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Group-based Child Sexual Exploitation

Home Office research on the characteristics of group-based child sexual exploitation.

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Characteristics of offending

Yesterday (15 December 2020), the Home Office published two new papers relating to group-based child sexual exploitation (CSE). The first paper sets out the best available evidence on group-based child sexual exploitation. This includes the characteristics of offenders and their networks, how they operate, the context in which these crimes are committed and implications of these findings for local partners and for policy. The report draws on the second paper, a literature review which examines group-based child sexual exploitation in the community, drawing on academic research, official statistics and grey literature. It aims to assess the quality of the evidence and highlight challenges and evidence gaps in this area.

Group-based CSE

Child sexual exploitation perpetrated by groups is a form of child sexual abuse characterised by multiple interconnected offenders grooming and sexually exploiting children. This includes forms of offending commonly referred to as ‘street grooming’ or ‘grooming gangs’. Group-based CSE has been the subject of major investigations, attracting significant public concern and highlighting shocking state failures that have caused untold hurt to victims, their families and communities.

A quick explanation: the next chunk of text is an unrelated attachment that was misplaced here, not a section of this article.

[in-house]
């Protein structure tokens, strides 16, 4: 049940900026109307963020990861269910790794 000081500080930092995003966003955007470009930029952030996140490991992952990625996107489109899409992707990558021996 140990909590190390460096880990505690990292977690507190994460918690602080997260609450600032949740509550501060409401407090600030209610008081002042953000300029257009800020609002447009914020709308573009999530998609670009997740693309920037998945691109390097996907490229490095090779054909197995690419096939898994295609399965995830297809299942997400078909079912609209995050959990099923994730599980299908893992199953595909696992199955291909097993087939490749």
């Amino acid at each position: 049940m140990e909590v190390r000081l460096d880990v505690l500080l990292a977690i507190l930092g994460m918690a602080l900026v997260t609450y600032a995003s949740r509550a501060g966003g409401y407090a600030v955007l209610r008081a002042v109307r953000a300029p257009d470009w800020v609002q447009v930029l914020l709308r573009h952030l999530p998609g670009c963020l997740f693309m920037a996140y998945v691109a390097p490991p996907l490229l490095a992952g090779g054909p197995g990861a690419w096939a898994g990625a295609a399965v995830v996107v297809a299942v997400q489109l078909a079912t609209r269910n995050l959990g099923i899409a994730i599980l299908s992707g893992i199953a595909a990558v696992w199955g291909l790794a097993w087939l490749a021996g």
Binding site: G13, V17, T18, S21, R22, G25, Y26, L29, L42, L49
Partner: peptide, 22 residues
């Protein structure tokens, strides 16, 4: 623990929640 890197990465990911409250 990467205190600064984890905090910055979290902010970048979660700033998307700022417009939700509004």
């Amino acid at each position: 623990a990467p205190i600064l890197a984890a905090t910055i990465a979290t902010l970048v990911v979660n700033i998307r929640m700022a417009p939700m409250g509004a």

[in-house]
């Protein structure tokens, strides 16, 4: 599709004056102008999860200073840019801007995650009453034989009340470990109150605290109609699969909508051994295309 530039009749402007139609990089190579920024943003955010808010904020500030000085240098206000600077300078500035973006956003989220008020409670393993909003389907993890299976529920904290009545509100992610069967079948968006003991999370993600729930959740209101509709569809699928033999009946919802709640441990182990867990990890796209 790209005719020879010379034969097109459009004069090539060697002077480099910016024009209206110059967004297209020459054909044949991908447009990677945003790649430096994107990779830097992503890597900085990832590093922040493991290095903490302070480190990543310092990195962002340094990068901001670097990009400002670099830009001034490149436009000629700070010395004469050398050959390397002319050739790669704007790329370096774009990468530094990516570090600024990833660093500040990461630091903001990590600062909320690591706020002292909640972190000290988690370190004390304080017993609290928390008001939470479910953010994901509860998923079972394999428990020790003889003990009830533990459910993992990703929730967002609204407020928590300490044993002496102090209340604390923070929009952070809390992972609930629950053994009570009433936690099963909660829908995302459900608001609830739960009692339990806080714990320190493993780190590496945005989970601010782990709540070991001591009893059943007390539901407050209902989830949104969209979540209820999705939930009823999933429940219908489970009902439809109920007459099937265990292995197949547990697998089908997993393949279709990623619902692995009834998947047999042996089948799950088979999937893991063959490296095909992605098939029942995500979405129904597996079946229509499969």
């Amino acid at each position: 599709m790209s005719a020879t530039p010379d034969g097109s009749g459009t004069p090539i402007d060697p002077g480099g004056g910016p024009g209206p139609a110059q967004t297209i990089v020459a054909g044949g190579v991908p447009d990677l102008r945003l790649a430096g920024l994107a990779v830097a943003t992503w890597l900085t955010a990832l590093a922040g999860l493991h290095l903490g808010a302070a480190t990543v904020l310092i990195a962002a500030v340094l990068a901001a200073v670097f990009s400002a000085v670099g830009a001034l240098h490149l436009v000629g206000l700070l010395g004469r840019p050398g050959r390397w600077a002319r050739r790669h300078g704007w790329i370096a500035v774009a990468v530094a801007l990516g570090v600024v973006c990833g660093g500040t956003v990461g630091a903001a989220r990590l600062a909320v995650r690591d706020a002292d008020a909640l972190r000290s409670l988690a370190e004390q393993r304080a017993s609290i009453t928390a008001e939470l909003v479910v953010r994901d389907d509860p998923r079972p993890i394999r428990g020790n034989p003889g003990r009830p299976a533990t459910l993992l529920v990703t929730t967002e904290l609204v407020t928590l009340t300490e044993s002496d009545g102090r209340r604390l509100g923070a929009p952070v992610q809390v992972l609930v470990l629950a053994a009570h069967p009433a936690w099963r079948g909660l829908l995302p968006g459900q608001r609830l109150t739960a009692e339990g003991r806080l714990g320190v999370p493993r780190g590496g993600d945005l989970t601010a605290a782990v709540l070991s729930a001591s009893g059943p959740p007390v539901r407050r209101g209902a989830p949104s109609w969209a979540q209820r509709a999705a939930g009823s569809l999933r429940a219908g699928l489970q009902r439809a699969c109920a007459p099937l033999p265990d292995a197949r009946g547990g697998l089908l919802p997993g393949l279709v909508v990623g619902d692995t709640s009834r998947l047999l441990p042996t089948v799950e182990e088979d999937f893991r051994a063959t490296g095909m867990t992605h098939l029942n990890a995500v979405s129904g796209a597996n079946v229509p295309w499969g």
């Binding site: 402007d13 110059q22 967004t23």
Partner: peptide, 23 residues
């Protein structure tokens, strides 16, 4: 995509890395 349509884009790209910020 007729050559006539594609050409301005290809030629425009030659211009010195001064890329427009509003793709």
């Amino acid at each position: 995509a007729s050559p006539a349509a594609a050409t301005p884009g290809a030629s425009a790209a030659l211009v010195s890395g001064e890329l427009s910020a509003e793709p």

Over the last decade there has been a shift in public understanding and recognition of child sexual abuse, coupled with a surge in law enforcement activity. Investigations into group-based child sexual exploitation in Telford, Rochdale, Rotherham, Oxford, Bristol, Newcastle, North Wales and other parts of the country have attracted considerable media and public interest. These high-profile cases have brought the issue of sexual exploitation of children by groups out of the shadows, although there is still much more work to do to fully understand this form of offending, given significant under-reporting.

Key findings

All forms of child sexual abuse are under-reported and the evidence on which the paper is based is limited to the cases we know about. Given that the majority of people who are sexually abused do not tell anyone at the time, and that some disclosures are not recorded, there are aspects and dimensions to this kind of offending that are not covered in the literature or in any of the case studies we have considered.

Based on what we do know, the characteristics of offenders in group-based CSE include that they are predominantly but not exclusively male1 and are often older than sexual offenders in street gangs, but younger than lone child sexual offenders. In many cases, offenders are under the age of thirty, but in some cases they are much older.

Although there have been a number of high profile cases of group-based CSE perpetrated by men of Pakistani ethnicity, it is not possible to conclude that this offence is more commonly committed by this ethnic group. It does, however,  appear to be the norm that men involved in a group committing these offences come from the same ethnic group, although there are cases involving perpetrators from different ethnic backgrounds.